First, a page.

On average, the total cost of buying all of our 20 items second-hand on our online marketplace comes in at around £1,695.

Speaking about our findings, our new CCO Keith Parkman said: “The first term of university can be incredibly expensive for families, particularly if you’re adding a new laptop in to the mix.

“However, the first five items on this list alone cost more brand-new than all 20 items if bought second-hand on Paperclip, so it really goes to show how shopping around on platforms like ours can make all the difference to student spending, particularly when it comes to tech.”

To help families tick off the necessities, we have released the top 20 most searched items ahead of the first term in September...

The top 20 most wanted items are:

1.Phone
2. Textbooks
3. Bike
4. Clothes
5. Laptop / Macbook
6. Headphones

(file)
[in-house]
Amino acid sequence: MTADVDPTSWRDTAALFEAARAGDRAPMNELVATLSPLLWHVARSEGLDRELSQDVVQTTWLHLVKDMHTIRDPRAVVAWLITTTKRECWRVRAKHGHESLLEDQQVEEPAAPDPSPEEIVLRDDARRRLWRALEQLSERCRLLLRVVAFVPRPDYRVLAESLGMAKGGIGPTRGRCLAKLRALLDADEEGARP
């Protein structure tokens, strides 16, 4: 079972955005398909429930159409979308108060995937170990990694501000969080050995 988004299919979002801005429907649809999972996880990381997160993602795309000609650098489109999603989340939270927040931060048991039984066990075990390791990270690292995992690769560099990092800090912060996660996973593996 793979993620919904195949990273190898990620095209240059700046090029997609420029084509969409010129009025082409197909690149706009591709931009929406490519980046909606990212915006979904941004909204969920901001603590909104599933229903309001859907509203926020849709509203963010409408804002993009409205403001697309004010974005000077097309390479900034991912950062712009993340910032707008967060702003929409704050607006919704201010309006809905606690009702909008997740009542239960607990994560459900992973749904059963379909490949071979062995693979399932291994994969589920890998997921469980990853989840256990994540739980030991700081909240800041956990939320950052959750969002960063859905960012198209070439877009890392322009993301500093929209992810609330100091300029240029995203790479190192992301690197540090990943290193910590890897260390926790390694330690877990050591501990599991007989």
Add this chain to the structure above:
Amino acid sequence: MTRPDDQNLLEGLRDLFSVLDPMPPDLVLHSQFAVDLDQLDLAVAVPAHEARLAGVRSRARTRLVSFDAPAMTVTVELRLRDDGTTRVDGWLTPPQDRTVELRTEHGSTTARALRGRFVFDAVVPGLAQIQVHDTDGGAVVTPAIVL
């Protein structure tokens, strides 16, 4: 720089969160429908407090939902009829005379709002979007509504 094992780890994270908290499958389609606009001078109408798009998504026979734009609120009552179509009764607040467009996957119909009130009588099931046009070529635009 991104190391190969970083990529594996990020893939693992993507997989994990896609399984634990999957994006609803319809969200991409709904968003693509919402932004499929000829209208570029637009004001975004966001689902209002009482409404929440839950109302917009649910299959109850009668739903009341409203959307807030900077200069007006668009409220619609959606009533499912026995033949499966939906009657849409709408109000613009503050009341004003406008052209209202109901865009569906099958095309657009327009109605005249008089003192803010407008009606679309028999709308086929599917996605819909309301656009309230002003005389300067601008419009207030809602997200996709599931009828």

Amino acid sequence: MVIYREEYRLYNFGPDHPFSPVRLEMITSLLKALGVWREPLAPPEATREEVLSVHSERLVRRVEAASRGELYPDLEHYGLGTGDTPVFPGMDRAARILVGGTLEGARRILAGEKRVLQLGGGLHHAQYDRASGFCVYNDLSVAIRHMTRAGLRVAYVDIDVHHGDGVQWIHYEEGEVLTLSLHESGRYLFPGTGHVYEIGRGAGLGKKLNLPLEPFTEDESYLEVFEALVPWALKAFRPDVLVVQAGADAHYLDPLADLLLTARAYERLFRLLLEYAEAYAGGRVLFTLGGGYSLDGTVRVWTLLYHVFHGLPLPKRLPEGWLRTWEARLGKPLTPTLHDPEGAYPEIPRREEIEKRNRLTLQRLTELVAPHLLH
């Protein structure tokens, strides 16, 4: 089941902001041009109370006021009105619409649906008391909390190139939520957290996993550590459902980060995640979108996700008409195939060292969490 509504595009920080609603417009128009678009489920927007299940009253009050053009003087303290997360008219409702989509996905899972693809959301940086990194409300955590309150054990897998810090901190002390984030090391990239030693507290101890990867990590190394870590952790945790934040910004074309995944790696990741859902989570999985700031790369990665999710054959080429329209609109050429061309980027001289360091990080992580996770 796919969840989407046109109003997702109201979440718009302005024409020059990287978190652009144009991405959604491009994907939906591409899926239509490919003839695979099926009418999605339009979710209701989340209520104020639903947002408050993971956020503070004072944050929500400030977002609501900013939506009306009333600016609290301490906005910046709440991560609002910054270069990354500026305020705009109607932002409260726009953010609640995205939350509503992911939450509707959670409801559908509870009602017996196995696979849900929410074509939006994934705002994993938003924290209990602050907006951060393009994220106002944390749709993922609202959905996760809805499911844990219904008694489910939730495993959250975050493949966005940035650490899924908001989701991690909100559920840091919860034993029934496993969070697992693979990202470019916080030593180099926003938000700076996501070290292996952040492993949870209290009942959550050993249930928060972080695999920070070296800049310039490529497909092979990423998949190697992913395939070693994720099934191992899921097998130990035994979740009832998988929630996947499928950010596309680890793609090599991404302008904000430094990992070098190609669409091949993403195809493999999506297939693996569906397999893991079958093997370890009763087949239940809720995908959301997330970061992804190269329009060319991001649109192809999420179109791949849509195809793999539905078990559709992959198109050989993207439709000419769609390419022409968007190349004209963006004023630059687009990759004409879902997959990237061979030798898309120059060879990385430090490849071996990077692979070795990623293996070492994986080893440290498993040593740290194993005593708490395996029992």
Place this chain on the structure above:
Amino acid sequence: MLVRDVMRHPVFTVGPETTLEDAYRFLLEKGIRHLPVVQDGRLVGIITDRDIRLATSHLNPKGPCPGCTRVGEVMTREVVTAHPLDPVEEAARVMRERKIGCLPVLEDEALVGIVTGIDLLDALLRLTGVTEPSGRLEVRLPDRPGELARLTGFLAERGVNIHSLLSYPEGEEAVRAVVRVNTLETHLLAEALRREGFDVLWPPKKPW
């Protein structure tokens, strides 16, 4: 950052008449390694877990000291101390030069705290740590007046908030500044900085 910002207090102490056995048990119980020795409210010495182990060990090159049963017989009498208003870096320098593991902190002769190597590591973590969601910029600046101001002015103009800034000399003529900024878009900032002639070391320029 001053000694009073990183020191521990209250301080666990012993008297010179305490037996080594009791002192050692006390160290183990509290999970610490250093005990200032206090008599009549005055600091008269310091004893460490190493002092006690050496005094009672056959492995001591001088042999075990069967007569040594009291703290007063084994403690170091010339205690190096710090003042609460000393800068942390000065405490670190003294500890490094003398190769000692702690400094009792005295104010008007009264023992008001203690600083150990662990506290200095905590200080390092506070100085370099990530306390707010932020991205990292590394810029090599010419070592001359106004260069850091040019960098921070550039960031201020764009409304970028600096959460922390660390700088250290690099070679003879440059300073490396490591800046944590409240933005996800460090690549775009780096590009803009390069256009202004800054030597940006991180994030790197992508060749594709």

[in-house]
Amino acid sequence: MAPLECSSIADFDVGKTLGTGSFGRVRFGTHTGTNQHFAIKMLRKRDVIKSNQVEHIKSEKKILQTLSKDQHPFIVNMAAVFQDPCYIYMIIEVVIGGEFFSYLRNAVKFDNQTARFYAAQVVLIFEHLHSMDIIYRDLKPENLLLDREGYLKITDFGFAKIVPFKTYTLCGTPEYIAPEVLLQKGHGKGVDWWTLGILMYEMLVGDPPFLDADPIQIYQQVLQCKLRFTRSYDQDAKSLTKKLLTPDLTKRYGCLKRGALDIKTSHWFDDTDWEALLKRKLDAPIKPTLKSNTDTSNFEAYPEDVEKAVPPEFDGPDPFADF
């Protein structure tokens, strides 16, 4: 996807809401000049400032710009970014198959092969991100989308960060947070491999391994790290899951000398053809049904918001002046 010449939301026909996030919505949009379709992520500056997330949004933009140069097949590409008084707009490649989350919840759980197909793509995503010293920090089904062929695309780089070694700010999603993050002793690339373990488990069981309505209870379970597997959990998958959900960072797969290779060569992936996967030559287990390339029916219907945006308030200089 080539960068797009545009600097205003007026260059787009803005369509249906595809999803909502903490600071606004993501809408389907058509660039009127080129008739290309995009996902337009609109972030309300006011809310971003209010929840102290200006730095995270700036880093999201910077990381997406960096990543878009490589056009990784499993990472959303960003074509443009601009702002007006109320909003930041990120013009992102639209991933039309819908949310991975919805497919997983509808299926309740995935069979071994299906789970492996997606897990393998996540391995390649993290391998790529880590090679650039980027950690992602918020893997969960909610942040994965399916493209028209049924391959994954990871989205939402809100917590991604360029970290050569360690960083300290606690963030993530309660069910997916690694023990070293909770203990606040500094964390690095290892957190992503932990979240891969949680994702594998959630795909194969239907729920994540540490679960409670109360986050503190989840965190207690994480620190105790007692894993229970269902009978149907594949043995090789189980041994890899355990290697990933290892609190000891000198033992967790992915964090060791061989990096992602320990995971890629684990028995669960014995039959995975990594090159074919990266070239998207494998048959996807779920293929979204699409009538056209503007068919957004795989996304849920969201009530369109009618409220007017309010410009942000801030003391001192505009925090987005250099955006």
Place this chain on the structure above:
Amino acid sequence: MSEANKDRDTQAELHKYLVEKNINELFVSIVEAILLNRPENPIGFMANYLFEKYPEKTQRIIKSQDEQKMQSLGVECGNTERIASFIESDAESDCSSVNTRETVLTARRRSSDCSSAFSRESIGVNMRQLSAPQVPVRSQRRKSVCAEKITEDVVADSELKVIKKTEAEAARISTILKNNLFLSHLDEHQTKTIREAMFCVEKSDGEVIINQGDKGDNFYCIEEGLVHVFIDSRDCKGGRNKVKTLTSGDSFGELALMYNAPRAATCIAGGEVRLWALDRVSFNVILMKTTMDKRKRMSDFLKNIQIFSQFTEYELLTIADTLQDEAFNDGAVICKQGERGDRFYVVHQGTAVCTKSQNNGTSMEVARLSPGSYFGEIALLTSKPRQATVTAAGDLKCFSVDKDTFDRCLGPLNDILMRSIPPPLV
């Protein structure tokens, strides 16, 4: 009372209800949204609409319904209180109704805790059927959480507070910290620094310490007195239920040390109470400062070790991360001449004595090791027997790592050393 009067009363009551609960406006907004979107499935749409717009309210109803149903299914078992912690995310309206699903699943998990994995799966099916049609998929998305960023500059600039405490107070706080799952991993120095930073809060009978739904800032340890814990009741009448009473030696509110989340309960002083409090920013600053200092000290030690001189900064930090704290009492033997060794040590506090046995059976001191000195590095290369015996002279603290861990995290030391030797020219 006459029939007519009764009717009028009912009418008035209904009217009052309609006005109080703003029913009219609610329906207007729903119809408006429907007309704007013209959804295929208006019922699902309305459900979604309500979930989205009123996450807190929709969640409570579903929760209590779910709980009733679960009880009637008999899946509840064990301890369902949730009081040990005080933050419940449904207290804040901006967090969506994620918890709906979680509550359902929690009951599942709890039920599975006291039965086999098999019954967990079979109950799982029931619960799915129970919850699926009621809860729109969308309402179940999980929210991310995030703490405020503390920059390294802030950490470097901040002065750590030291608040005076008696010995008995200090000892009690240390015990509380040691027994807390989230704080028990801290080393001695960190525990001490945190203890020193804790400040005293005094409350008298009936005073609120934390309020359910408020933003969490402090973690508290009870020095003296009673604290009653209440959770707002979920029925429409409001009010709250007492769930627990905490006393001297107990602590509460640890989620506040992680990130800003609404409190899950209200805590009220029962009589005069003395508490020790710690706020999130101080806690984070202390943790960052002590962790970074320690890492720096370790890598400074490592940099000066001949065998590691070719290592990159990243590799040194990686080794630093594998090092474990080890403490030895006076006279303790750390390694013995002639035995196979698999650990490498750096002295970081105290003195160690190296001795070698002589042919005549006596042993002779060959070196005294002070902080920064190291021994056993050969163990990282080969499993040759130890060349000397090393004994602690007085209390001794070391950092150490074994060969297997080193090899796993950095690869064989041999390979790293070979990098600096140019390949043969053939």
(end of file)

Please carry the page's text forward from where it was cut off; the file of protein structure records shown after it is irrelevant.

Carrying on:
7. Games console
8. Chair
9. Kitchenware
10. Desk

11. iPad / Tablet
12. TV
13. Monitor
14. Lamp
15. Mirror
16. Duvet
17. Camera
18. Fridge
19. Printer
20. Weights

On the latest trends, Keith added: “Life as we know it has changed significantly in the last few months, and this year’s university students will be experiencing something entirely new. That being said, we are still seeing a huge number of searches for household items like kettles, duvets and lamps so it very much looks as though prospective students are looking forward to venturing out on their own for the first time. 

kettle, items
This Stagg kettle has been viewed over 400 times on the KCLSU marketplace!